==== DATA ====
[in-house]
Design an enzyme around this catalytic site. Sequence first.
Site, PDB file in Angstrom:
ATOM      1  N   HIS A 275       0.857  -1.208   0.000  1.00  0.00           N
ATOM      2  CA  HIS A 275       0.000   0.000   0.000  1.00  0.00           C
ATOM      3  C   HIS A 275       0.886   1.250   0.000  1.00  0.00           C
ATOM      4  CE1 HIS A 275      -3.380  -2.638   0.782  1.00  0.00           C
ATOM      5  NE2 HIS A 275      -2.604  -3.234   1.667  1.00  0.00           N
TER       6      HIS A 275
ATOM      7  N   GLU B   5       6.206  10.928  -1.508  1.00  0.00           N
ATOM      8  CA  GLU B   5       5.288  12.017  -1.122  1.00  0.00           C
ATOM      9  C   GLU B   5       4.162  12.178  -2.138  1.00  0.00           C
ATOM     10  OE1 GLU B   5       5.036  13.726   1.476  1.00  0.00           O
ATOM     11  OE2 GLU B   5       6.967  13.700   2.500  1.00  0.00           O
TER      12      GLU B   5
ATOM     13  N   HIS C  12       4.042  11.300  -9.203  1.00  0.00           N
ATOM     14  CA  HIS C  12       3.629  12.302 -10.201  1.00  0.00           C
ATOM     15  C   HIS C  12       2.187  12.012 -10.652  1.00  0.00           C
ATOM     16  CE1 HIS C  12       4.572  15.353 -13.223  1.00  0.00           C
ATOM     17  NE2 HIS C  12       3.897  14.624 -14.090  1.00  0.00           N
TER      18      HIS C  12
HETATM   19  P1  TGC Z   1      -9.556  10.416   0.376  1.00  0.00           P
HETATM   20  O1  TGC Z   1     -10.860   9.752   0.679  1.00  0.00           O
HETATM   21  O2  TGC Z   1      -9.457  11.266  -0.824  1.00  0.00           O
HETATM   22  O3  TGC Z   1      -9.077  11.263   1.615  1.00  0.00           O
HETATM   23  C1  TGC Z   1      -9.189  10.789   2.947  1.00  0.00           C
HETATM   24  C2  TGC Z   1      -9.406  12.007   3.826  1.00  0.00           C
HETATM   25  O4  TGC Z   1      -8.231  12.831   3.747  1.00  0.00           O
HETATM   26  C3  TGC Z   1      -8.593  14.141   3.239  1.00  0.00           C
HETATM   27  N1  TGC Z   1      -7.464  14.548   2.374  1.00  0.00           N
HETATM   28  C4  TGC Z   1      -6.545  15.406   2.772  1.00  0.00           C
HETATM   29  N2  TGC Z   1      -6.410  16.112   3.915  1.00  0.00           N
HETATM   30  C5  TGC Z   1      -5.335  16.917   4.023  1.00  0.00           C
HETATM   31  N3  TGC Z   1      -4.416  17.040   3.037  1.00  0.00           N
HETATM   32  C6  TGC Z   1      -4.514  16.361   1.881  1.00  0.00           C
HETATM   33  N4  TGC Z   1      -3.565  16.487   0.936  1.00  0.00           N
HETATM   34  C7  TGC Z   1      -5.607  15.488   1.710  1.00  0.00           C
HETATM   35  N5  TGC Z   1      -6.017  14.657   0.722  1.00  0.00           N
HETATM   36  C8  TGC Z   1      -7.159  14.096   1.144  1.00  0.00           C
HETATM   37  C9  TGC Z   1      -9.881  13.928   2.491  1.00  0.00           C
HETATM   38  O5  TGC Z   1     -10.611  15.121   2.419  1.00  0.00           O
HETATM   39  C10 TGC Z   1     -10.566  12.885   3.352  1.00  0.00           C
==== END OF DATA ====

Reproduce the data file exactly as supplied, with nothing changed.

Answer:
[in-house]
Design an enzyme around this catalytic site. Sequence first.
Site, PDB file in Angstrom:
ATOM      1  N   HIS A 275       0.857  -1.208   0.000  1.00  0.00           N
ATOM      2  CA  HIS A 275       0.000   0.000   0.000  1.00  0.00           C
ATOM      3  C   HIS A 275       0.886   1.250   0.000  1.00  0.00           C
ATOM      4  CE1 HIS A 275      -3.380  -2.638   0.782  1.00  0.00           C
ATOM      5  NE2 HIS A 275      -2.604  -3.234   1.667  1.00  0.00           N
TER       6      HIS A 275
ATOM      7  N   GLU B   5       6.206  10.928  -1.508  1.00  0.00           N
ATOM      8  CA  GLU B   5       5.288  12.017  -1.122  1.00  0.00           C
ATOM      9  C   GLU B   5       4.162  12.178  -2.138  1.00  0.00           C
ATOM     10  OE1 GLU B   5       5.036  13.726   1.476  1.00  0.00           O
ATOM     11  OE2 GLU B   5       6.967  13.700   2.500  1.00  0.00           O
TER      12      GLU B   5
ATOM     13  N   HIS C  12       4.042  11.300  -9.203  1.00  0.00           N
ATOM     14  CA  HIS C  12       3.629  12.302 -10.201  1.00  0.00           C
ATOM     15  C   HIS C  12       2.187  12.012 -10.652  1.00  0.00           C
ATOM     16  CE1 HIS C  12       4.572  15.353 -13.223  1.00  0.00           C
ATOM     17  NE2 HIS C  12       3.897  14.624 -14.090  1.00  0.00           N
TER      18      HIS C  12
HETATM   19  P1  TGC Z   1      -9.556  10.416   0.376  1.00  0.00           P
HETATM   20  O1  TGC Z   1     -10.860   9.752   0.679  1.00  0.00           O
HETATM   21  O2  TGC Z   1      -9.457  11.266  -0.824  1.00  0.00           O
HETATM   22  O3  TGC Z   1      -9.077  11.263   1.615  1.00  0.00           O
HETATM   23  C1  TGC Z   1      -9.189  10.789   2.947  1.00  0.00           C
HETATM   24  C2  TGC Z   1      -9.406  12.007   3.826  1.00  0.00           C
HETATM   25  O4  TGC Z   1      -8.231  12.831   3.747  1.00  0.00           O
HETATM   26  C3  TGC Z   1      -8.593  14.141   3.239  1.00  0.00           C
HETATM   27  N1  TGC Z   1      -7.464  14.548   2.374  1.00  0.00           N
HETATM   28  C4  TGC Z   1      -6.545  15.406   2.772  1.00  0.00           C
HETATM   29  N2  TGC Z   1      -6.410  16.112   3.915  1.00  0.00           N
HETATM   30  C5  TGC Z   1      -5.335  16.917   4.023  1.00  0.00           C
HETATM   31  N3  TGC Z   1      -4.416  17.040   3.037  1.00  0.00           N
HETATM   32  C6  TGC Z   1      -4.514  16.361   1.881  1.00  0.00           C
HETATM   33  N4  TGC Z   1      -3.565  16.487   0.936  1.00  0.00           N
HETATM   34  C7  TGC Z   1      -5.607  15.488   1.710  1.00  0.00           C
HETATM   35  N5  TGC Z   1      -6.017  14.657   0.722  1.00  0.00           N
HETATM   36  C8  TGC Z   1      -7.159  14.096   1.144  1.00  0.00           C
HETATM   37  C9  TGC Z   1      -9.881  13.928   2.491  1.00  0.00           C
HETATM   38  O5  TGC Z   1     -10.611  15.121   2.419  1.00  0.00           O
HETATM   39  C10 TGC Z   1     -10.566  12.885   3.352  1.00  0.00           C